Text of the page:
Major cargo shippers and the union representing dockworkers at 29 U.S. West Coast ports have agreed to talks on a possible extension of their current contract, which is set to expire in mid-2019, the two sides said in a joint statement on Tuesday.
Severe cargo slowdowns, blamed by each side on the other as pressure tactics during the last round of talks, reverberated through the U.S. commercial supply chain, snarling trans-Pacific trade in industries ranging from agriculture to automobiles.
The shipping companies and terminal operators are eager to ensure continued labor stability at the ports for as long as possible, avoiding a potential repeat of disruptions that by some estimates could have ended up costing the U.S. economy billions of dollars.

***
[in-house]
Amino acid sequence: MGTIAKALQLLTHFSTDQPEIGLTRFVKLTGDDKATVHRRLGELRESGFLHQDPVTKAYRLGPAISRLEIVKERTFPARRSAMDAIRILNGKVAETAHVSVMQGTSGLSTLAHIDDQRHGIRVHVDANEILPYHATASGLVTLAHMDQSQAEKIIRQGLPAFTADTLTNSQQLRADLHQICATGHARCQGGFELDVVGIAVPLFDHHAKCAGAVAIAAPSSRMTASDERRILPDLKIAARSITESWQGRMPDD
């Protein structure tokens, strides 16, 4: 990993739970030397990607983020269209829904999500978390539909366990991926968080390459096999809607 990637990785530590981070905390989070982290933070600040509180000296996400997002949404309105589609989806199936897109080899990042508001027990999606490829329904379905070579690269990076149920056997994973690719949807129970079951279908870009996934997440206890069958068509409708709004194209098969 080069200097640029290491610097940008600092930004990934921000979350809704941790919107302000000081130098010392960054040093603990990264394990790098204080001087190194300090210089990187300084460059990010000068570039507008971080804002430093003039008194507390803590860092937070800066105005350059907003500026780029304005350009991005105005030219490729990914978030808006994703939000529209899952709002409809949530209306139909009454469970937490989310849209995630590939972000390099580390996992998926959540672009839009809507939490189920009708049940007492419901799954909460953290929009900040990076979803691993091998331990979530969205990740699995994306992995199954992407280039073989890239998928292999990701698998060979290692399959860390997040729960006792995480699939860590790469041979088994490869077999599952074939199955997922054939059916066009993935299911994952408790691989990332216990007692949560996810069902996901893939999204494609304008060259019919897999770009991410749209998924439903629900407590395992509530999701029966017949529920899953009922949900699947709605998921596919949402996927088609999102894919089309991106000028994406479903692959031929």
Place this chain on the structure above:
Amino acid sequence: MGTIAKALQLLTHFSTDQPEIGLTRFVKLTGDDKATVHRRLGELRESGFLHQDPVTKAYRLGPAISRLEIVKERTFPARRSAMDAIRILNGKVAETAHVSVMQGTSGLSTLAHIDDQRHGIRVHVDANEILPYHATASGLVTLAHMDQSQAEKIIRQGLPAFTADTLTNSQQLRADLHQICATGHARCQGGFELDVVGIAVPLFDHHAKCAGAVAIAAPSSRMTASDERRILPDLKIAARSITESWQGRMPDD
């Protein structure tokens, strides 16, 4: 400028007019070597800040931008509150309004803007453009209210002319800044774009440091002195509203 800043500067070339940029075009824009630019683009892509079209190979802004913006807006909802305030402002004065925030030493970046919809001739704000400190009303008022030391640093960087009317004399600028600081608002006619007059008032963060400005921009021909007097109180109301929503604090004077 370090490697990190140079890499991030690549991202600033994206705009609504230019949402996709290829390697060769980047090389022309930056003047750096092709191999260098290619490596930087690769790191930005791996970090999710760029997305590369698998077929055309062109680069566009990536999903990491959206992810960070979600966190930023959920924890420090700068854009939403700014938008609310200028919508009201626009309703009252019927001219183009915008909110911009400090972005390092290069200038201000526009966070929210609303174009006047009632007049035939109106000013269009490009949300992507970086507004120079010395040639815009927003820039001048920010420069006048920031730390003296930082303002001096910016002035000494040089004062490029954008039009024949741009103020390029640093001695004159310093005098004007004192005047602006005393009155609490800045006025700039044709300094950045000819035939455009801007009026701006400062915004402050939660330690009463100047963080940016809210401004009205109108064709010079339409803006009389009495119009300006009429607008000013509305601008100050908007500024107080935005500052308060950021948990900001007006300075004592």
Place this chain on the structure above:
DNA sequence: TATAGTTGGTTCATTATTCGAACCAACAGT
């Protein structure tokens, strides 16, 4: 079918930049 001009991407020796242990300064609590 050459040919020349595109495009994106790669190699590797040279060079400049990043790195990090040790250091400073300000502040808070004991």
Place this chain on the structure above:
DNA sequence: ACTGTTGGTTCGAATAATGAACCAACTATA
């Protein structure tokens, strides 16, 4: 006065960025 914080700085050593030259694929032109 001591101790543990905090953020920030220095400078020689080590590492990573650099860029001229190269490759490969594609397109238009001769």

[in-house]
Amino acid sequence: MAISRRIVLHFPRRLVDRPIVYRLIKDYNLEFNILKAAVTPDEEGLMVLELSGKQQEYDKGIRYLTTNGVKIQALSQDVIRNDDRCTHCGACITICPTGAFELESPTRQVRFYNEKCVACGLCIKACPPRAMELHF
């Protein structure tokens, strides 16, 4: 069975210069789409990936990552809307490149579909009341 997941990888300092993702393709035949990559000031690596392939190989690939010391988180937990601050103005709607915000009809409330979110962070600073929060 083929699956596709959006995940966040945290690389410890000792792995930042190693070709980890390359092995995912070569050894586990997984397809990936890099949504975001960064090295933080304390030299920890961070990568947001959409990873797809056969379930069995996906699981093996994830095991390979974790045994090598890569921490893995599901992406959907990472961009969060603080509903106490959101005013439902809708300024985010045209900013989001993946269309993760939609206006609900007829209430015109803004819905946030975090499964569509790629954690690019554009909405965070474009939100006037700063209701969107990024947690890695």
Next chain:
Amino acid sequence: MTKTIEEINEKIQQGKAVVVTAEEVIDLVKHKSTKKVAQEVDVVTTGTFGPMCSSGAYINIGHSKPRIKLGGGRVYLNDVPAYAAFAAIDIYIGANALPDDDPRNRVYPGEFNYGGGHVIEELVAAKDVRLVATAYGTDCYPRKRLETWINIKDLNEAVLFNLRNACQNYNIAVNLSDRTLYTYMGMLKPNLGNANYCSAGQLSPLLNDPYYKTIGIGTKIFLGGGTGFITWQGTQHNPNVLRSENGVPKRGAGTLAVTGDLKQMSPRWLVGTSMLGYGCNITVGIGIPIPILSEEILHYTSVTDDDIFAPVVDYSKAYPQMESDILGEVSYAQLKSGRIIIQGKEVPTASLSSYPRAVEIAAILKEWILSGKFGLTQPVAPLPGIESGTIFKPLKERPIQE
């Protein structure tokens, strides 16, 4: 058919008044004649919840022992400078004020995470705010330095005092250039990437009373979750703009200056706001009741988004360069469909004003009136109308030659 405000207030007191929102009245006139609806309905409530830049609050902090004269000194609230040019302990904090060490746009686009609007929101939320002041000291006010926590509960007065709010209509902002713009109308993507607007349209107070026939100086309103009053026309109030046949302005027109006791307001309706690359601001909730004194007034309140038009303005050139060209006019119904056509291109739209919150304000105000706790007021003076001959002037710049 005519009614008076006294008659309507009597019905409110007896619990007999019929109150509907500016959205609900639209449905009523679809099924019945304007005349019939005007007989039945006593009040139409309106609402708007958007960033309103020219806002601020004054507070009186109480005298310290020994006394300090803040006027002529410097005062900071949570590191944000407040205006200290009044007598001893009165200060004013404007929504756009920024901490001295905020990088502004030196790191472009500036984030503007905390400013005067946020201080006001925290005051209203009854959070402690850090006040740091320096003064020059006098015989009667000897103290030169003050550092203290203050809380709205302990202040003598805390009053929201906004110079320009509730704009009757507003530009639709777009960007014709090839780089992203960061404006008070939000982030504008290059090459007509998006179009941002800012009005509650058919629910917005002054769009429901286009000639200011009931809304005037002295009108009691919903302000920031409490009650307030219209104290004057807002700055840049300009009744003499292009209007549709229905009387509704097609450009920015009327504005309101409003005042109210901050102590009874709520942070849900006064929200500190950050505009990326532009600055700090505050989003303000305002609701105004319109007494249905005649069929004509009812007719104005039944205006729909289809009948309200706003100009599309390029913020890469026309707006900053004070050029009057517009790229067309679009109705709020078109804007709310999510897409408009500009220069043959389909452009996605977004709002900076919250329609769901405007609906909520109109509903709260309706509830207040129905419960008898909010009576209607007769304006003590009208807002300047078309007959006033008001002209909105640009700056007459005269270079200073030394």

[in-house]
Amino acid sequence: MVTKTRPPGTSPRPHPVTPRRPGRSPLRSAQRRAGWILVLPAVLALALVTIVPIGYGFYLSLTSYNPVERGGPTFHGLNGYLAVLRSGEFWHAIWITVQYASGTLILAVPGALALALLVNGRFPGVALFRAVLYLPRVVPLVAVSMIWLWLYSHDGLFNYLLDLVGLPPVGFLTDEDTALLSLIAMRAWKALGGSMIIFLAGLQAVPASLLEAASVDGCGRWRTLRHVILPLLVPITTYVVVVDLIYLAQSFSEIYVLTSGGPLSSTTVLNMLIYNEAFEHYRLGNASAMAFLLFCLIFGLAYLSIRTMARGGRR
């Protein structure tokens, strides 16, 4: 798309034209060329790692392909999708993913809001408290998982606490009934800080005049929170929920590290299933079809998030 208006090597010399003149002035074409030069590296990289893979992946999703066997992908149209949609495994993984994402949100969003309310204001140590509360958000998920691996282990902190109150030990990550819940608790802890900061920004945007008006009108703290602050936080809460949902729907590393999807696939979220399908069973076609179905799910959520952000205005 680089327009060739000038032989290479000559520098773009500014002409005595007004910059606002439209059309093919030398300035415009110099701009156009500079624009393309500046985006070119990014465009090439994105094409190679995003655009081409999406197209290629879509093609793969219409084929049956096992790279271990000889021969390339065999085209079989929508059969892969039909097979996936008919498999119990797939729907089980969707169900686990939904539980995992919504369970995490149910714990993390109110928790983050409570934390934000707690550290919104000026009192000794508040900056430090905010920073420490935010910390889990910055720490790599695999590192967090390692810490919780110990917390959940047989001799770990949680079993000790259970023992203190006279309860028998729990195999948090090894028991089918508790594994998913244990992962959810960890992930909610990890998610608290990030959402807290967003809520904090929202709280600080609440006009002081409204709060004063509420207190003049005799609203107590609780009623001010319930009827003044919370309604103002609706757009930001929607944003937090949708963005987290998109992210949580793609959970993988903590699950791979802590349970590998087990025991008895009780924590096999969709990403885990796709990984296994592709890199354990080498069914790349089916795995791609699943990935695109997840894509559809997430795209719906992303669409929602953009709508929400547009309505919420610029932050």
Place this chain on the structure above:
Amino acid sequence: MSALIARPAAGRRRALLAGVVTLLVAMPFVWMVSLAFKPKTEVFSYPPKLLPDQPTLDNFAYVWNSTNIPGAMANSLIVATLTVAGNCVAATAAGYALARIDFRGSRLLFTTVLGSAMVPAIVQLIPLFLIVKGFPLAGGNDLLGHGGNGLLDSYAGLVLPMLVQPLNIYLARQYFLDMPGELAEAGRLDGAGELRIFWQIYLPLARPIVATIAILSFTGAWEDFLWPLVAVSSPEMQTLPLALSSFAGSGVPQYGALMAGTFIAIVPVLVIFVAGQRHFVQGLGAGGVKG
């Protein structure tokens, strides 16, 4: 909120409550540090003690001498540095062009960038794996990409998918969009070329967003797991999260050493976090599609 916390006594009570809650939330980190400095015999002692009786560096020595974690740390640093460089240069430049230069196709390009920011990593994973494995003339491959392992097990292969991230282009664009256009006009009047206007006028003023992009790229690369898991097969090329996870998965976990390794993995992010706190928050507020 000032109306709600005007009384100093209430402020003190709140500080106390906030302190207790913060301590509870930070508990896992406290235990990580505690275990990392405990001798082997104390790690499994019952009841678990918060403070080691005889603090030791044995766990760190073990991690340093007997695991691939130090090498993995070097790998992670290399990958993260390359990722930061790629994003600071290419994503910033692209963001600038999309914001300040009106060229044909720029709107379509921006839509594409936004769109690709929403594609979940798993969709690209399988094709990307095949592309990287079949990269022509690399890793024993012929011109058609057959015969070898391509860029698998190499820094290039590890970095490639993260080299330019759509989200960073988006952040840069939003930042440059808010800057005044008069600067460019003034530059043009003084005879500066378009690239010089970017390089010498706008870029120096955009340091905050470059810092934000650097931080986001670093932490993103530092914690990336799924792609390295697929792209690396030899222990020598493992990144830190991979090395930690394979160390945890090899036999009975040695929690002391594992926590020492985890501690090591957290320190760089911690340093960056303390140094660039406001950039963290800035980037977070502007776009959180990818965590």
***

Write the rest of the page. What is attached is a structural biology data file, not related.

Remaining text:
The two parties said a joint statement "may be issued" following the November meetings, but no additional comments would be made prior to the talks.
But sources for the two sides said negotiations on a possible contract extension were proposed to the union in a recent letter from James McKenna, chief executive of the PMA, which serves as the shippers' bargaining agent.
The current five-year contract, which expires on July 1, 2019, covers 20,000 dockworkers at ports handling nearly half of all U.S. maritime trade and more than 70 percent of the nation's imports from Asia.
(Reporting by Steve Gorman; Editing by Alan Crosby)